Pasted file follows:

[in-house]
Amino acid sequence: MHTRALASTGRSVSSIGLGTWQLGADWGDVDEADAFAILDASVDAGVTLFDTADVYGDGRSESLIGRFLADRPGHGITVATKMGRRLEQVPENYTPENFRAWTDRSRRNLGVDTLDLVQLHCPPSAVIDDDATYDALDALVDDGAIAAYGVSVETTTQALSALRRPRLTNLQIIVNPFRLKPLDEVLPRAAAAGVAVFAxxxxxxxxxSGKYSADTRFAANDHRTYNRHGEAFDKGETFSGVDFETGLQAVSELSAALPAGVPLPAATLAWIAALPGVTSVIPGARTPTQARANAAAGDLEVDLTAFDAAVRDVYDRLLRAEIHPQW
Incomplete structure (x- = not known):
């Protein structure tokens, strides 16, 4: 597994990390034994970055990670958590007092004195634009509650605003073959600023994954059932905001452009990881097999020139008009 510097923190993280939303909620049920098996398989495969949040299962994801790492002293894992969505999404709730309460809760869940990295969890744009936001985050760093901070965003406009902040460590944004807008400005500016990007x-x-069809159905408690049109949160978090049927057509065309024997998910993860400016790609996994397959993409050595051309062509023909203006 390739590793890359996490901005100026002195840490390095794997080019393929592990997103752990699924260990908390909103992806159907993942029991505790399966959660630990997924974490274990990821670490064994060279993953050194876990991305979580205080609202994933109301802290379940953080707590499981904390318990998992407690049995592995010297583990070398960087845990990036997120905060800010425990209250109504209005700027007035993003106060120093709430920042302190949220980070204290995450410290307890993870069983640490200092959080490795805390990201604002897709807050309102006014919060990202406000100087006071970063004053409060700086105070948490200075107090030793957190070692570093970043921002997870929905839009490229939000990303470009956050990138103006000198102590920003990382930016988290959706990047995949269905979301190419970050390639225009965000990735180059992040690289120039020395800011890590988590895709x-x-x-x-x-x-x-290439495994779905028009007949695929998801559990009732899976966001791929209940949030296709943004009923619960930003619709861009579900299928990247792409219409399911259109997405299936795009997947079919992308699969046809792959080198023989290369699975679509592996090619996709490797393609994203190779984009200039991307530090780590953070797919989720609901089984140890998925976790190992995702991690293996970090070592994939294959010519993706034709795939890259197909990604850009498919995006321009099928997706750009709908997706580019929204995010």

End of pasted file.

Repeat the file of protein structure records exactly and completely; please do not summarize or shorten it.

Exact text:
[in-house]
Amino acid sequence: MHTRALASTGRSVSSIGLGTWQLGADWGDVDEADAFAILDASVDAGVTLFDTADVYGDGRSESLIGRFLADRPGHGITVATKMGRRLEQVPENYTPENFRAWTDRSRRNLGVDTLDLVQLHCPPSAVIDDDATYDALDALVDDGAIAAYGVSVETTTQALSALRRPRLTNLQIIVNPFRLKPLDEVLPRAAAAGVAVFAxxxxxxxxxSGKYSADTRFAANDHRTYNRHGEAFDKGETFSGVDFETGLQAVSELSAALPAGVPLPAATLAWIAALPGVTSVIPGARTPTQARANAAAGDLEVDLTAFDAAVRDVYDRLLRAEIHPQW
Incomplete structure (x- = not known):
């Protein structure tokens, strides 16, 4: 597994990390034994970055990670958590007092004195634009509650605003073959600023994954059932905001452009990881097999020139008009 510097923190993280939303909620049920098996398989495969949040299962994801790492002293894992969505999404709730309460809760869940990295969890744009936001985050760093901070965003406009902040460590944004807008400005500016990007x-x-069809159905408690049109949160978090049927057509065309024997998910993860400016790609996994397959993409050595051309062509023909203006 390739590793890359996490901005100026002195840490390095794997080019393929592990997103752990699924260990908390909103992806159907993942029991505790399966959660630990997924974490274990990821670490064994060279993953050194876990991305979580205080609202994933109301802290379940953080707590499981904390318990998992407690049995592995010297583990070398960087845990990036997120905060800010425990209250109504209005700027007035993003106060120093709430920042302190949220980070204290995450410290307890993870069983640490200092959080490795805390990201604002897709807050309102006014919060990202406000100087006071970063004053409060700086105070948490200075107090030793957190070692570093970043921002997870929905839009490229939000990303470009956050990138103006000198102590920003990382930016988290959706990047995949269905979301190419970050390639225009965000990735180059992040690289120039020395800011890590988590895709x-x-x-x-x-x-x-290439495994779905028009007949695929998801559990009732899976966001791929209940949030296709943004009923619960930003619709861009579900299928990247792409219409399911259109997405299936795009997947079919992308699969046809792959080198023989290369699975679509592996090619996709490797393609994203190779984009200039991307530090780590953070797919989720609901089984140890998925976790190992995702991690293996970090070592994939294959010519993706034709795939890259197909990604850009498919995006321009099928997706750009709908997706580019929204995010």